“Heorot trembled, wonderfully built to withstand the blows, the struggling great bodies beating at its beautiful walls…”

Macbeth by William Shakespeare:

“Shipwracking storms and direful thunders break,

So from that spring whence comfort seemed to come

Discomfort swells. Mark, King of Scotland, mark

Consonance Examples in Music

Rhyme is one-way consonance shows up in music lyrics, but it’s not the only one, as you’ll see in the following examples:

“The Biggest Thing that Man Had Ever Done” by Woody Guthrie:

“I beat the daring Roman, I beat the daring Turk

Defeated Nero’s army with thirty minutes’ work,

I fought the greatest leaders and licked them everyone,

And that was about the biggest thing that man had ever done …”

“Subterranean Homesick Blues” by Bob Dylan:

“Maggie comes fleet foot

Face full-a black soot

Talkin’ that the heat put

Plants in the bed but …”

“Sssh” by Apex Theory:

“While customers consume large quantities

Of curiously cultivated curtains

Alongside crowds of crude oils

Crossed and crooked”

“Zealots” by Fugees:

“Rap rejects, my tape deck, ejects projectiles

Whether Jew or Gentile, I rank top percentile

Many styles, more powerful than gamma rays

My grammar pays like Carlos Santana plays…”

Examples of Consonance in Poetry

Poets use consonance in a variety of ways to keep their readers’ eyes moving from line to line — even without rhyme — and keep those words circulating in their memory.

Enjoy the following examples:

“The Acrobats” by Shel Silverstein:

“I’ll swing by my ankles.

She’ll cling to your knees.

As you hang by your nose,

From a high-up trapeze.

But just one thing, please,

As we float through the breeze,

Don’t sneeze.”

“The Raven” by Edgar Allan Poe:

“But the Raven still beguiling all my fancy into smiling,

Straight I wheeled a cushioned seat in front of bird, and bust and door;

Then, upon the velvet sinking, I betook myself to linking

Fancy unto fancy, thinking what this ominous bird of yore—

What this grim, ungainly, ghastly, gaunt, and ominous bird of yore

Meant in croaking “Nevermore.”

“Twas Later When the Summer Came” by Emily Dickenson:

‘Twas later when the summer went

Than when the cricket came,

And yet we knew that gentle clock

Meant nought but going home.

‘Twas sooner when the cricket went

Than when the winter came,

Yet that pathetic pendulum

Keeps esoteric time.”

“Stopping by Woods on a Snowy Evening” by Robert Frost:

“He gives his harness bells a shake

To ask if there is some mistake.

The only other sound’s the sweep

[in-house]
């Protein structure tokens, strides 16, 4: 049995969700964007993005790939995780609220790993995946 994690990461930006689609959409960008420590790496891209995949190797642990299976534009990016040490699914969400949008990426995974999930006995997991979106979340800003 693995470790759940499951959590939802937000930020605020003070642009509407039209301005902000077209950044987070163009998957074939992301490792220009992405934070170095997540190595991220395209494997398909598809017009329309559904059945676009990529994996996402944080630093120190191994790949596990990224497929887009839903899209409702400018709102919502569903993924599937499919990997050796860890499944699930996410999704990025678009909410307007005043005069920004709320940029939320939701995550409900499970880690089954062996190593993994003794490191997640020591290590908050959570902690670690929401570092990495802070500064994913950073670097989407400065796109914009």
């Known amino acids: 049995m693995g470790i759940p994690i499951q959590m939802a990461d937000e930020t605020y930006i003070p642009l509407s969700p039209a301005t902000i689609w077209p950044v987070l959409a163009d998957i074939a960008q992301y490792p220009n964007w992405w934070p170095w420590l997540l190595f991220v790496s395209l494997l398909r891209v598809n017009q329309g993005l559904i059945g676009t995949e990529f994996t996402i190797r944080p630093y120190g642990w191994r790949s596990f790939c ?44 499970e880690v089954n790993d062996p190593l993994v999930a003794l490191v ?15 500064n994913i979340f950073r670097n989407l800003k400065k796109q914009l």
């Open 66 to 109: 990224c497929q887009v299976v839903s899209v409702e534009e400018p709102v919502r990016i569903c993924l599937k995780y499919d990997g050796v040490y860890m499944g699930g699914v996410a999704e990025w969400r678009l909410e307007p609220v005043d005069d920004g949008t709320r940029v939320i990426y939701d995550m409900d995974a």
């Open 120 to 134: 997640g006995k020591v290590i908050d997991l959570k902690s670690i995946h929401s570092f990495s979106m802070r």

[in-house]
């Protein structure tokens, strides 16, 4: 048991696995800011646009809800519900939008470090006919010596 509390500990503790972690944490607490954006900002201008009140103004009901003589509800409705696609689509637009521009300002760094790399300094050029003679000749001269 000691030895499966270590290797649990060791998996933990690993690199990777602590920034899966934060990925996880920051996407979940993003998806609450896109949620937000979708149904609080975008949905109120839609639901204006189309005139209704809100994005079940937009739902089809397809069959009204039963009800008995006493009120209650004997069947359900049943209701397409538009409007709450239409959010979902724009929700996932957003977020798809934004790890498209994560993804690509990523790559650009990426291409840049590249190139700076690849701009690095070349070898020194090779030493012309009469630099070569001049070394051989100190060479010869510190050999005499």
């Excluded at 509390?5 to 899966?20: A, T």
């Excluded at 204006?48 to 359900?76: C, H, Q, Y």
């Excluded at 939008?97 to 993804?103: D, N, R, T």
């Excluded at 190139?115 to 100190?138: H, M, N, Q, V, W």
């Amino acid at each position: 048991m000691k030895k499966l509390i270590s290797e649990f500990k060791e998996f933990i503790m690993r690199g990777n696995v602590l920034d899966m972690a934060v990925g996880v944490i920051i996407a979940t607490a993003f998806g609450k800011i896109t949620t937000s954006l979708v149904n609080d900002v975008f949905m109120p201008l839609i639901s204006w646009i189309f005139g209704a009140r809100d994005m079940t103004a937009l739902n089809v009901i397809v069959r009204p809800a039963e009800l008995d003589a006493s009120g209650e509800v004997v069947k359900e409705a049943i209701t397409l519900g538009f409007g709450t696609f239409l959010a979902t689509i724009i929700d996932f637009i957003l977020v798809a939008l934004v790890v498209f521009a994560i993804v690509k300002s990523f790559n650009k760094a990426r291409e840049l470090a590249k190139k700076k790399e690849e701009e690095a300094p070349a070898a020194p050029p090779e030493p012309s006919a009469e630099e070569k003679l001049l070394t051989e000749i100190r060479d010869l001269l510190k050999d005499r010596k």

Of easy wind and downy flake.”

“The Miscarriage” by Amit Majmudar:

Some species can crack pavement with their shoots

to get their share of sun some species lay

a purple froth of eggs and leave it there

to sprinkle tidepools with tadpole confetti

some species though you stomp them in the carpet

have already stashed away the families

that will inherit every floor at midnight.”

Other Famous Examples of Consonance

The following examples don’t fall into the above categories, and some will sound more familiar than others.

In each case, the use of consonance served a purpose — whether to capture the reader’s (or viewer’s) attention or to make a name more memorable.

V for Vendetta (graphic novel and 2005 movie):

“However, this valorous visitation of a bygone vexation stands vivified and has vowed to vanquish these venal and virulent vermin vanguarding vice and vouchsafing the violently vicious and voracious violation of volition!”

Alliterative consonance in brand/store names:

  • Coca Cola
  • Dunkin’ Donuts
  • Best Buy
  • Blouse Barn
  • Krispy Kreme
  • Lifelock
  • PayPal
  • Constant Contact
  • Gorilla Glue
  • Merry Maids

Consonance in fictional character names:

  • Bilbo Baggins
  • Severus Snape
  • Rudolph the Red-Nosed Reindeer
  • Foghorn Leghorn
  • Donald Duck
  • Yosemite Sam
  • Holly Golightly
  • Dread Pirate Roberts
  • Fred Flinstone
  • Wizard of Oz

Why Use Consonance in Your Writing?

Consonance has a way of standing out, whether it’s used alone or with other literary devices.

So, what makes it so memorable?

  • It increases the musicality of words, helping with rhythm and flow.
  • It encourages repeated readings (reading aloud is particularly helpful).
  • It encourages readers to slow down and pay closer attention, thereby strengthening reader comprehension.
  • It can have a special resonance with the meaning of the words used.
  • Its sounds can connect to other ideas and inspire new tangents.

Which Consonance Examples Stood Out for You?

Now that you’ve looked through all 25 examples of consonance, it’s time to try your hand at writing some of your own.

Start by taking one of the examples in this post and adding to it. Or write a free verse poem about whatever’s on your mind.

See if you can switch from one consonant sound to another as you write. Rhyme and alliteration are both optional (but encouraged).

When you’re ready, share some of your work online — maybe by writing a very short story (#VSS) on Twitter, using the day’s keyword.

Get some feedback.

Then keep writing.